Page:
LL: Your typographic, illustrative style and use of colour palette is very reminiscent of 60s and 70s poster art and artists like Keith Haring. Do you look back to this era for inspiration?
No not really, I’ve heard it more that people compare me with names from the 60s I never heard of before, but thanks for the comparison. I think my main influence was late 80s, early 90s skateboarding graphics... but that’s influence. For inspiration, I look at all sorts of dumb stuff, the dumber the better. Humorous stuff gives me the most ideas.
LL: When did you first know that you could make a living from drawing? Did you ever have any formal training?
No formal training no... I think I knew when, very early in my ‘career’, an art director who hired me to do a job said to me that my style was kind of unique and stood out from the rest. It gave me a little confidence boost, and since then I never really worried about it anymore. OK I lie, of course I worry sometimes. The more ‘success’ I have the more afraid I get to lose it. Same goes for money by the way... or girlfriends. Hahaha.
LL: Where do you find inspiration for your work?
Funny stuff basically, stupid situations, awkwardness, shame and sin... Sometimes I might pick up a comic, the ones I would read when I was a child, like Tin Tin.
LL: You’ve got to be one of the hardest working illustrators around, everywhere I look there’s a party poster, a new show and new t-shirt, do you ever stop drawing?
I do stop but it’s actually not that bad – I work relatively quickly so if I had to, I could produce two or three artworks a day. But come to think of it, I’m always working. Shit, my arm hurts...
LL: Having a father as an artist must have given you an early appreciation for art, design and colour. How much has your father influenced your work? What does he think of what you do now?
I really did not care too much about it at the time. When I was around ten, I was only interested in skateboarding, but being around him rubbed off a whole lot of aesthetics on me. For sure, colors and naked women. He really likes my work actually, really happy about that. I sometimes steal his drawings and make my own version of it. He has a great and crazy mind and draws amazing stuff – the other day I saw that he used type for the first time in a painting. I felt a bit proud...
LL: I’ve noticed that your Dad’s characters seem to have a shoe fetish like yours do. Has he borrowed this idea from you or is it the other way around?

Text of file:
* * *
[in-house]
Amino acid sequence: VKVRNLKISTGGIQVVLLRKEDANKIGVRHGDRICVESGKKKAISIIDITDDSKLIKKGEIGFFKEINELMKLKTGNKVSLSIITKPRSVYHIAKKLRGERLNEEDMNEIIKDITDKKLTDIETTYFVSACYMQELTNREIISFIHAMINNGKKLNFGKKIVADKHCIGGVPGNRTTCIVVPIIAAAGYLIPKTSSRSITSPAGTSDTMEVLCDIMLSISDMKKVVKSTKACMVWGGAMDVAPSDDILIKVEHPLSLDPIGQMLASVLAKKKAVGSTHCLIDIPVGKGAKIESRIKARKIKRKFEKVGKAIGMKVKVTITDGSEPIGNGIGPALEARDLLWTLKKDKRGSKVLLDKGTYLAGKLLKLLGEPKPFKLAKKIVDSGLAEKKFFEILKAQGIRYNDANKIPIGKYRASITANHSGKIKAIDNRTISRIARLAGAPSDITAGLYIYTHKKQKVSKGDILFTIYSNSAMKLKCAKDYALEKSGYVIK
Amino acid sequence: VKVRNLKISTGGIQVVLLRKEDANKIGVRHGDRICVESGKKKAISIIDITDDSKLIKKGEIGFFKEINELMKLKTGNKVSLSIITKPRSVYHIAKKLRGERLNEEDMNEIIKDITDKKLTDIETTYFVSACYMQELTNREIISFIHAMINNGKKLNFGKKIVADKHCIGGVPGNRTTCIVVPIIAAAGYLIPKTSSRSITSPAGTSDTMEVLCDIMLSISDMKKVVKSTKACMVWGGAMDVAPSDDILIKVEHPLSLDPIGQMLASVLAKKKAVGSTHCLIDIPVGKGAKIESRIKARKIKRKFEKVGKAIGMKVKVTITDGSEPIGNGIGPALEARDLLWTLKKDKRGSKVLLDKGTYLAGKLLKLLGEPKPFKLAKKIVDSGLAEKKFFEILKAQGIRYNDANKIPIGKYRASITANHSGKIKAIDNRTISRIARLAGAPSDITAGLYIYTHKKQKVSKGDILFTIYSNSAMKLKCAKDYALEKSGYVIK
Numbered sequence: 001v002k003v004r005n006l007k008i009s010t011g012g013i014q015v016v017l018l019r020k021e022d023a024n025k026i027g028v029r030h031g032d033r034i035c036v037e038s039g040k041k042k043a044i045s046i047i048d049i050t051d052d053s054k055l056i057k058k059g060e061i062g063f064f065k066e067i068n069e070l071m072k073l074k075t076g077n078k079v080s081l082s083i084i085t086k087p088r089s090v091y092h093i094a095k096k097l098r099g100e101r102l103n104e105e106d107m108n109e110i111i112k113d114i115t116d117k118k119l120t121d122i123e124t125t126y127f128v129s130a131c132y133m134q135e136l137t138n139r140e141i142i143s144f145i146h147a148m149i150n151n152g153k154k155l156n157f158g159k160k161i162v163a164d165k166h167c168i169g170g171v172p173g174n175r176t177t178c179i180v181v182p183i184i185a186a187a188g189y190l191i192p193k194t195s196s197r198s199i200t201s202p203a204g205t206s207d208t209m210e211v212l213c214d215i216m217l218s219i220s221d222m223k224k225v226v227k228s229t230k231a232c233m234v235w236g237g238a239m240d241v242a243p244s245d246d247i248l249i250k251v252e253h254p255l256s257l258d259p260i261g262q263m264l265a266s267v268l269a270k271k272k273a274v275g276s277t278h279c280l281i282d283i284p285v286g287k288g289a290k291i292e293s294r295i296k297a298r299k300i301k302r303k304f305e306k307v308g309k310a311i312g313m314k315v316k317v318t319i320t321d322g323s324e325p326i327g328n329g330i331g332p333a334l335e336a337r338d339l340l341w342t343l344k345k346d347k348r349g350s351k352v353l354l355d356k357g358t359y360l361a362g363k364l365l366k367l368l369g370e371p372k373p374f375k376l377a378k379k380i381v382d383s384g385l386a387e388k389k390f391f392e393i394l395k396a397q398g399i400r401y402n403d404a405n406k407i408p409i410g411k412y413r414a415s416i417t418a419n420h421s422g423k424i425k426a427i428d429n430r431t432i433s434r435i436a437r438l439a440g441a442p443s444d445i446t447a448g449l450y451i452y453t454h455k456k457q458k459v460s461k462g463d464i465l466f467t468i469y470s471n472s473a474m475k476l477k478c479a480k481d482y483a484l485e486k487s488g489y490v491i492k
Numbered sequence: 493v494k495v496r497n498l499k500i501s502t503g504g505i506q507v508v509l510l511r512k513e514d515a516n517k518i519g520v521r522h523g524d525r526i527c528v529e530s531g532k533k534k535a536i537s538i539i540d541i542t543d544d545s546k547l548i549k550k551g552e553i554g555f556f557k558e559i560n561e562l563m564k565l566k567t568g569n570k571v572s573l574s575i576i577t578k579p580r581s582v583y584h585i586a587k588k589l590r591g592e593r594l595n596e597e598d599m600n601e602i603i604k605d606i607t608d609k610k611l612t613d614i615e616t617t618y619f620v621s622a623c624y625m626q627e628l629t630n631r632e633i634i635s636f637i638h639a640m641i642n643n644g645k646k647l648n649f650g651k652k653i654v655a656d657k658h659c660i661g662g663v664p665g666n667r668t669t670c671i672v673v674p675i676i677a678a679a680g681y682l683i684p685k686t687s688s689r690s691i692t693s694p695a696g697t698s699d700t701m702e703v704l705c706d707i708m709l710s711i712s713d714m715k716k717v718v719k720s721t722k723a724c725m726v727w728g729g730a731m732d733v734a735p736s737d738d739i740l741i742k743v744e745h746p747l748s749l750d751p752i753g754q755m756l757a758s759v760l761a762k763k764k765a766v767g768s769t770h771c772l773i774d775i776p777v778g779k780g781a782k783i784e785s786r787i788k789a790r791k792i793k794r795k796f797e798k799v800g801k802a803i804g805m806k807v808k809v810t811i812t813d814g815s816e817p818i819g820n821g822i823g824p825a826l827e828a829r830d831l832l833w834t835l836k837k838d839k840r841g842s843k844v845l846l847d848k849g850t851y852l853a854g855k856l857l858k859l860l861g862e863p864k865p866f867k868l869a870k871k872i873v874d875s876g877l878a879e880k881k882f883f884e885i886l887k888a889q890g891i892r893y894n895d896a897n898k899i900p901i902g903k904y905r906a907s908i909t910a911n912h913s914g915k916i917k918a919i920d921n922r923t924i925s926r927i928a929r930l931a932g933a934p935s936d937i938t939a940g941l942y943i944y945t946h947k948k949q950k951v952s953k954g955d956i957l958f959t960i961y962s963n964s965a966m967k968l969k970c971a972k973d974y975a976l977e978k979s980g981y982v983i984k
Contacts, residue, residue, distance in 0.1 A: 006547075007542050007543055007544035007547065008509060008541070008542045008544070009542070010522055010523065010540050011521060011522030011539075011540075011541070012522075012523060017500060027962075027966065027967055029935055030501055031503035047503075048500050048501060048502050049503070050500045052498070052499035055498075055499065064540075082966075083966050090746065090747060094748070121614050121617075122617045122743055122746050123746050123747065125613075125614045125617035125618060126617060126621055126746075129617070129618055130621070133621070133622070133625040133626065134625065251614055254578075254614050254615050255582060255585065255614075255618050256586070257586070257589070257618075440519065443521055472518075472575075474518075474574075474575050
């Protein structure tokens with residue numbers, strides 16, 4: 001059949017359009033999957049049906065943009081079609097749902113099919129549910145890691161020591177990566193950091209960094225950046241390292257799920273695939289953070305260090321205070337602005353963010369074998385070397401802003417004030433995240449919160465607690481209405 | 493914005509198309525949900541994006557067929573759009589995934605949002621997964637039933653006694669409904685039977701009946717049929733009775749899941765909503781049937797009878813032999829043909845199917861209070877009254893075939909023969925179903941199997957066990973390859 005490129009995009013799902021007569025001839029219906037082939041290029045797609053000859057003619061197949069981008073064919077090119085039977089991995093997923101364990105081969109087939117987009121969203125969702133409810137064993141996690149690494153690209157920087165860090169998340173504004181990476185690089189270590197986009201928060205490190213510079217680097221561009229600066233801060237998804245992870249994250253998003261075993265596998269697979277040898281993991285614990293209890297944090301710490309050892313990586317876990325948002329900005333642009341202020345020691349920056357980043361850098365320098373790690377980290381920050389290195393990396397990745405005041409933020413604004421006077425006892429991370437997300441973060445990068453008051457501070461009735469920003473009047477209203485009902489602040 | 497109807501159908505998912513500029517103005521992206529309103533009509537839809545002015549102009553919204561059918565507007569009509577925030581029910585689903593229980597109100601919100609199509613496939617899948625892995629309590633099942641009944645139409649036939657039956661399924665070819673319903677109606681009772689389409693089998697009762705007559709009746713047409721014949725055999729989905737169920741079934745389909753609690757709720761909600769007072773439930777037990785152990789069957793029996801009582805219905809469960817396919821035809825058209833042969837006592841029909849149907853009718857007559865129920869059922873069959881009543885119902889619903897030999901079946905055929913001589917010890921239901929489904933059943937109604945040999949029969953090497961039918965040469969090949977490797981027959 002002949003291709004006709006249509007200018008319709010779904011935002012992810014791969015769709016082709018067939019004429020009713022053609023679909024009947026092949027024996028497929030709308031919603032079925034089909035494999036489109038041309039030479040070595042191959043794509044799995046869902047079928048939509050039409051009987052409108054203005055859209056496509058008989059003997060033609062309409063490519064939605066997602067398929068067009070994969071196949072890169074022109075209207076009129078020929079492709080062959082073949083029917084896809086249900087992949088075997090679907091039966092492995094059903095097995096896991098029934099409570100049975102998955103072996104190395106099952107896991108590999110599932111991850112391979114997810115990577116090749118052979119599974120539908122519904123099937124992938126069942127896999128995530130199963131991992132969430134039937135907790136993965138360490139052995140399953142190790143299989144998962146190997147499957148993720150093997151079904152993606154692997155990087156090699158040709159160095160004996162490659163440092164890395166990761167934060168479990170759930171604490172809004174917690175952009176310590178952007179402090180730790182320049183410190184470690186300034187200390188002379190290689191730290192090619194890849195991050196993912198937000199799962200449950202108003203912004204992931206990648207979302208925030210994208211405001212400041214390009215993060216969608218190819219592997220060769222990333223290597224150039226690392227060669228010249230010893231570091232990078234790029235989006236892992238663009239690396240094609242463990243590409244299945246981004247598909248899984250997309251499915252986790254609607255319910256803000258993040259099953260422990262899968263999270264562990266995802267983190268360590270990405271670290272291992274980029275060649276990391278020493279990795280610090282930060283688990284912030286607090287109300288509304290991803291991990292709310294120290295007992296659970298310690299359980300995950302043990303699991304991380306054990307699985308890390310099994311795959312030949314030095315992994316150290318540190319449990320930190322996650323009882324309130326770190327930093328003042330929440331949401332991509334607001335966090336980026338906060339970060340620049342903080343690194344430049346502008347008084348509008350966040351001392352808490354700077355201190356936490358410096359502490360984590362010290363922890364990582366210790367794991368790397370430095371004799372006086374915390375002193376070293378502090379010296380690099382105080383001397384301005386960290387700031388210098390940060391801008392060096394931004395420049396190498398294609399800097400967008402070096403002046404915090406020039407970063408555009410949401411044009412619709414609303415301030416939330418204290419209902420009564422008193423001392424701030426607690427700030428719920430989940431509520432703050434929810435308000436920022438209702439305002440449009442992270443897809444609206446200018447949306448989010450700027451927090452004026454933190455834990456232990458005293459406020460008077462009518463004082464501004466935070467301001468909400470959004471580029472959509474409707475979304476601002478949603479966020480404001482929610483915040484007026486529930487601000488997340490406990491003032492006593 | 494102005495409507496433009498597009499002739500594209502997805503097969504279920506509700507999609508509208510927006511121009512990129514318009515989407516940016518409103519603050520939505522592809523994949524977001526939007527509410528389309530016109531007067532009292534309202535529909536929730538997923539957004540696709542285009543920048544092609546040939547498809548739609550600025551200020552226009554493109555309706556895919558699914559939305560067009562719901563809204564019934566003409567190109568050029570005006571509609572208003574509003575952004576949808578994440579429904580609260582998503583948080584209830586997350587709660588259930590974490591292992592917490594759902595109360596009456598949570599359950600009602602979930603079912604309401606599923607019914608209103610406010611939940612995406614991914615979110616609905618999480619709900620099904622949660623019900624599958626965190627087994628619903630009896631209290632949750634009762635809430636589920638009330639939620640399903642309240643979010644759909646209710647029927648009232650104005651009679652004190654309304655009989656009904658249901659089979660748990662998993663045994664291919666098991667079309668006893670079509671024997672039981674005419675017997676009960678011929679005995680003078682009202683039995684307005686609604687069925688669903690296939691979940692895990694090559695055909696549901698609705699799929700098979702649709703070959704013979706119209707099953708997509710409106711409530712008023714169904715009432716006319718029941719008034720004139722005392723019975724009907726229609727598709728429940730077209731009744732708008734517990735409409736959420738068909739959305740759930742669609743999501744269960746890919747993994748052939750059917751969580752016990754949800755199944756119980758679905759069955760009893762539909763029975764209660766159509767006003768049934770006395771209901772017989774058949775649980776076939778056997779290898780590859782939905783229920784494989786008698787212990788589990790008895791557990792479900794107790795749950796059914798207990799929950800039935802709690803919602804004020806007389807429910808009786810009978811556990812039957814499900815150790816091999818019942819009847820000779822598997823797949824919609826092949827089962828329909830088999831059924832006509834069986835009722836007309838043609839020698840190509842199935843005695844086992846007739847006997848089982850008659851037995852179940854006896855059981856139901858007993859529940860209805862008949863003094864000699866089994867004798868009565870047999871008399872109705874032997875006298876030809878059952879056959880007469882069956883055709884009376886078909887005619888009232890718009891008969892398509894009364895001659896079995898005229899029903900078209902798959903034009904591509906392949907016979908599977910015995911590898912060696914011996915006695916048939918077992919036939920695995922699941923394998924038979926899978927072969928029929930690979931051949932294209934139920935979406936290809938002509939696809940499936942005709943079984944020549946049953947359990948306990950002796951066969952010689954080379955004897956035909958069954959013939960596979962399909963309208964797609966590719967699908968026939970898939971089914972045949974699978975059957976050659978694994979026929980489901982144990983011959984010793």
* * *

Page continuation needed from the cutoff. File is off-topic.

Hahaha... I actually made that one up! He’s guilty for the overweight curvy ladies.
LL: The recurring characters in your drawings seem to be overtly deviant with everything from cross-dressing, beaked, aggro muscle men to voluptuous, horny and loose women. Where do your characters come from?
They are my versions of human beings without giving credit to humans. The beaked people are imitating the humans, making a spoof of them kind of (difficult question by the way).
LL: How did the idea for Rockwell clothing come about?
Seriously, out of necessity. Around 2000 there weren’t that many nice brands around, especially not in Amsterdam, so I decided to create my own stuff. In the beginning just to give to friends who DJed and skaters and some music-related people. All those people made Rockwell what it is today... still very small... Hahahaha.
LL: I read somewhere that you used to be sponsored by Venture and Think in the 90s for skateboarding. Do you still skate?
Yeah I do! Still love it. It hurts a bit more now, but I still get around...
LL: Do you think growing up as a skater, and being exposed to skate graphics and the innate irreverence of skate culture has helped to shape your style?
Definitely, I was reading an old 1990 Thrasher the other day, and I really can’t describe the feeling of looking at those old pics and all those product ads. It all looked so lush and had such edge and humour. I really appreciate it much more now than I did back then when it was actually 1990, when I was just trying to land 360 flips. Now I can take a step back and see the sheer beauty of all that skateboarding brought me and to a lot of other people. I just watched Neil Blender and Lance Mountain’s parts in Ban This on YouTube, classic material.
LL: How important is a sense of humour in your work?
I think it’s on a good number one.
LL: Having Big Active as your agent and being part such an exclusive and selective pool of some of the best illustrative talents around must be great. How did you first hook up with Big Active and how important is having an agent for what you do?
Big really helps me in getting good jobs and putting food on the table.By doing work with them I can fund my own art projects and stuff.It’s seriously a win-win situation, plus they are always there to give advice and guidance if I have a rough period sometimes.